ONE Magazine

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Catholic Near East Welfare Association

Celebrating 50 years | God • World • Human Family • Church

A Letter From the United Nations

My work as an advocate at the United Nations on behalf of trafficked girls and women began after years as a missionary in Ethiopia, where I witnessed firsthand the pain and trauma they experienced.

I am a sister of the Congregation of Our Lady of Charity of the Good Shepherd, appointed by my congregation 16 years ago to work as an N.G.O. representative to the U.N.

The charism of my congregation is to uphold the rights of girls and women, inspired by St. John Eudes, a 17th-century priest who sought to address this same issue in France, through the teaching and the pastoral care of prostituted women.

Ending human trafficking is not a simple task. It is complex, multidimensional and intricate.

Human trafficking is a violation of human rights and an organized criminal activity with an annual estimated global profit of $150 billion.

In my early days in advocacy, I would ask myself: “Where and how do I insert myself in the world of advocacy to make a difference?”

My goal at the U.N. has been to create awareness about trafficking among member states and to urge the adoption of policies that address systemic root causes, including poverty and violence against girls and women.

Sister Winifred Doherty in front of the United Nations, in New York City.
Sister Winifred Doherty, R.G.S., a Good Shepherd sister, has worked with people at risk of becoming victims of trafficking in Ethiopia. (photo: Michael Scott)

I like to explain advocacy to end human trafficking with the scriptural image in Matthew 13:33 of the yeast that a woman mixes into three measures of flour, “until the whole batch was leavened.” Even though she adds only a little yeast, it permeates every part of the dough.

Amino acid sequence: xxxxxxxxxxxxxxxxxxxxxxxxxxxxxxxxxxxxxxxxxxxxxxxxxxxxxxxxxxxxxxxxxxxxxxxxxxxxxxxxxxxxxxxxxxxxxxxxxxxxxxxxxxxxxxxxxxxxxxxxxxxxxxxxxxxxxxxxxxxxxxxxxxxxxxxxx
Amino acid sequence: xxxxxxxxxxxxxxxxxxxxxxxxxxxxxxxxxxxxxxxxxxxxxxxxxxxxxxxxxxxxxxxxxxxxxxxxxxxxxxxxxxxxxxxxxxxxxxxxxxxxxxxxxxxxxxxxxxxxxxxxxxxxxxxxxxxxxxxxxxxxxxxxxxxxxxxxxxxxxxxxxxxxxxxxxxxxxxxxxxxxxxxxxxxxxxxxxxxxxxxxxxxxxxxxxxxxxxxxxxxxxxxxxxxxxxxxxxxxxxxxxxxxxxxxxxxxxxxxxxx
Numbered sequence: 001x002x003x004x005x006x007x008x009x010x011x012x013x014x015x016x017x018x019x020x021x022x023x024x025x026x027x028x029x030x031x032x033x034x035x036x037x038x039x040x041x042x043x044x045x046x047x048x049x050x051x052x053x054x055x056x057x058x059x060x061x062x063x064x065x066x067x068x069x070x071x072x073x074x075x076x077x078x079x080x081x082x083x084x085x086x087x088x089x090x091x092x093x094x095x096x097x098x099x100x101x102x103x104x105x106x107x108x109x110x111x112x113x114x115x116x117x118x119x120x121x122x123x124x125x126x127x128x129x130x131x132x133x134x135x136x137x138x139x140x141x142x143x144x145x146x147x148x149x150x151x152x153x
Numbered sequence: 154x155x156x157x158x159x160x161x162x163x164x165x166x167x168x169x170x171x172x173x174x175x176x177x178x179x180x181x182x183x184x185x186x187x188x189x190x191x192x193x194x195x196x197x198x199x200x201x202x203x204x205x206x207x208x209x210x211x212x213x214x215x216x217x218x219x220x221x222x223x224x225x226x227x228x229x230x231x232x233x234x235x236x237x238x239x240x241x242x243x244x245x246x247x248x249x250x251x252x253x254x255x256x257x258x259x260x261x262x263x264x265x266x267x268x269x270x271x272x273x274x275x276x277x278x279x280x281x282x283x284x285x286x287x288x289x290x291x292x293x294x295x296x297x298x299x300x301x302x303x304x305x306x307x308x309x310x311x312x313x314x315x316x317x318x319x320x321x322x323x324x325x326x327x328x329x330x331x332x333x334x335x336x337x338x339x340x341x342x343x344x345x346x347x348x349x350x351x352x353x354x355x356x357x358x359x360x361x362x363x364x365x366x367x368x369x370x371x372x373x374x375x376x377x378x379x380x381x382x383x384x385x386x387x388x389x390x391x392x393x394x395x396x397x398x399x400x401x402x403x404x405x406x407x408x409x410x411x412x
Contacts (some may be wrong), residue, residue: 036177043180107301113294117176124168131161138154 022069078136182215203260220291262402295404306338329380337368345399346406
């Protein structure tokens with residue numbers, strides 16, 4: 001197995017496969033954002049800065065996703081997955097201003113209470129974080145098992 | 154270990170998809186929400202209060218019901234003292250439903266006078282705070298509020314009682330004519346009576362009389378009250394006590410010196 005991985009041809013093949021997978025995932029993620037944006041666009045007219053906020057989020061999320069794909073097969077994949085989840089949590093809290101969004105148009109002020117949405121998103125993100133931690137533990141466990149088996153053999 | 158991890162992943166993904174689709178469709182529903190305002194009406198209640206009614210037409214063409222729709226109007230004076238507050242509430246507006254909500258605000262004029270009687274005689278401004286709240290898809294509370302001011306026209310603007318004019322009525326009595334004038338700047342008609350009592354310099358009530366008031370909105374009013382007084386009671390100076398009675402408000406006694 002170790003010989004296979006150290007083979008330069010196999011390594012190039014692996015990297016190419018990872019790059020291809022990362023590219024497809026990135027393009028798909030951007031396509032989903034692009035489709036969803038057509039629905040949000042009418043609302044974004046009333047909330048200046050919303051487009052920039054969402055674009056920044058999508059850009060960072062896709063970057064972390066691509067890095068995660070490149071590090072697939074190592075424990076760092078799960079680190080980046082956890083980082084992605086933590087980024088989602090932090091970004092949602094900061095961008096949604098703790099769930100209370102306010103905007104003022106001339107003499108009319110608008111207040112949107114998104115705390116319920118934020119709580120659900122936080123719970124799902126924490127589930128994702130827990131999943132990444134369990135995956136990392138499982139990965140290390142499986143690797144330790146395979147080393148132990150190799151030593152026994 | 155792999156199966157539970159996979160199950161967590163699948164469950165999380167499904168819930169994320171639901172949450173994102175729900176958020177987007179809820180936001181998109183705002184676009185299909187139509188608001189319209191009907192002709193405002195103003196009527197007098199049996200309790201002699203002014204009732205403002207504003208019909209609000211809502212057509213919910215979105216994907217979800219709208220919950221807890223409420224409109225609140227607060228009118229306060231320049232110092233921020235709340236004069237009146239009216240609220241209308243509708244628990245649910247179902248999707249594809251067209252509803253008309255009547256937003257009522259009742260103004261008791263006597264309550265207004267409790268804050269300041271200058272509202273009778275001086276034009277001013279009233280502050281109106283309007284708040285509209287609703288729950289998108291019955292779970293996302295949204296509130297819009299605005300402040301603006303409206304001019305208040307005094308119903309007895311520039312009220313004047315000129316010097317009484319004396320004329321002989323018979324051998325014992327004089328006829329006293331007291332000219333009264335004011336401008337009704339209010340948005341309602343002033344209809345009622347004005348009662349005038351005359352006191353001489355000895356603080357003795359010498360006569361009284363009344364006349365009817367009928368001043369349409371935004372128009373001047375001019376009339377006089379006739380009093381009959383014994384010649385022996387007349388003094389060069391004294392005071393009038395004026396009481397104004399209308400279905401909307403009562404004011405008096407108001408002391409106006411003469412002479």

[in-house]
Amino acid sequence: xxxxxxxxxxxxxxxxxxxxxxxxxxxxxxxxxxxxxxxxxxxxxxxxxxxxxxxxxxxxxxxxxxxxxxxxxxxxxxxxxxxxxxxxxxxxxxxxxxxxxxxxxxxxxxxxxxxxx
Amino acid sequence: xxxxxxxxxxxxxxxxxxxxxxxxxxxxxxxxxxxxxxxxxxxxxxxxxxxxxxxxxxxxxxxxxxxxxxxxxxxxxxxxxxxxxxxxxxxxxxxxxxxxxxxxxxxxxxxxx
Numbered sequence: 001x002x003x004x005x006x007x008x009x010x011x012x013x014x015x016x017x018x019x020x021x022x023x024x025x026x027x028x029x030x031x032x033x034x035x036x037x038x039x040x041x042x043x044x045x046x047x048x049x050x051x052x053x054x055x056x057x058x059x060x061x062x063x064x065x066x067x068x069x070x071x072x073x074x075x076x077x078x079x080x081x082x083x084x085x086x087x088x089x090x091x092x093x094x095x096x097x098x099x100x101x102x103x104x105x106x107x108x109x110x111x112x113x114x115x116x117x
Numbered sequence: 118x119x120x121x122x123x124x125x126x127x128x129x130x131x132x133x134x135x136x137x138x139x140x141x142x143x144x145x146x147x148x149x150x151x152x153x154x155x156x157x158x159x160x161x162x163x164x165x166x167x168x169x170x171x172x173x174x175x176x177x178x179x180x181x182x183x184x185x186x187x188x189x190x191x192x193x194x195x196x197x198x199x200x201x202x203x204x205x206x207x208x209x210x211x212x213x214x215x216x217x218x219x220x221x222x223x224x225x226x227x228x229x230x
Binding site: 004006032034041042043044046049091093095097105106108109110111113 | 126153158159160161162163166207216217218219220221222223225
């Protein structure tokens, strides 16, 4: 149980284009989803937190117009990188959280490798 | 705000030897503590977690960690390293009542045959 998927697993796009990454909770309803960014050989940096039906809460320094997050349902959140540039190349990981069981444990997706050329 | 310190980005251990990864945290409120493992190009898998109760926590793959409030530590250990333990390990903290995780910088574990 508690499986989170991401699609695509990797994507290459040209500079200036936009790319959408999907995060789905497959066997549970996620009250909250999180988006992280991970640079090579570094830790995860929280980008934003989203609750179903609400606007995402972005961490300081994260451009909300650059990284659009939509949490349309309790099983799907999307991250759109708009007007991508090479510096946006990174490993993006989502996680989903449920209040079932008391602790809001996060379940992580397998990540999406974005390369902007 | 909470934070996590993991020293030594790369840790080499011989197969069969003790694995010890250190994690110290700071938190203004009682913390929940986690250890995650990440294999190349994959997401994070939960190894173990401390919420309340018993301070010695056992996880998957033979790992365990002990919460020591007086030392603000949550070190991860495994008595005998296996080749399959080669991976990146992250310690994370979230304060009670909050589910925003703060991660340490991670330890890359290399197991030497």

So, I seek to influence by presence — a presence that is proactive, networked and relational. However, advocacy is not a solo venture. Advocates against human trafficking must be as well networked as the criminal network. Effective advocacy is always with like-minded people who coordinate for a helpful outcome.

The emergence of survivor advocates has been the biggest highlight for me in the advocacy field. They are instrumental in creating a new level of awareness of the harms of human trafficking. My work at the U.N. is most effective when informed by recent advances or setbacks at the national, regional or local levels from survivor advocates. They represent multiple experiences and powerfully inform the discussion. Their advocacy is critical to where we are today.

Advocacy is about navigating the challenges that present themselves. Gaining access to the space — a seat at the negotiation table at the U.N. — is critical. Equally important is meeting with member state representatives, building relationships while highlighting the need to adopt and implement policies and legislation conducive to ending the scourge of human trafficking in all its forms. Researching and organizing well-prepared points with recommendations is another step in the process.

However, the post-COVID-19 world has seen a breakdown of the trust required for multilateralism. With the rise of autocratic regimes around the world, we have witnessed an intense backlash against girls and women and the reversal of the many gains made in eliminating poverty. All of this has made advocacy work much more challenging.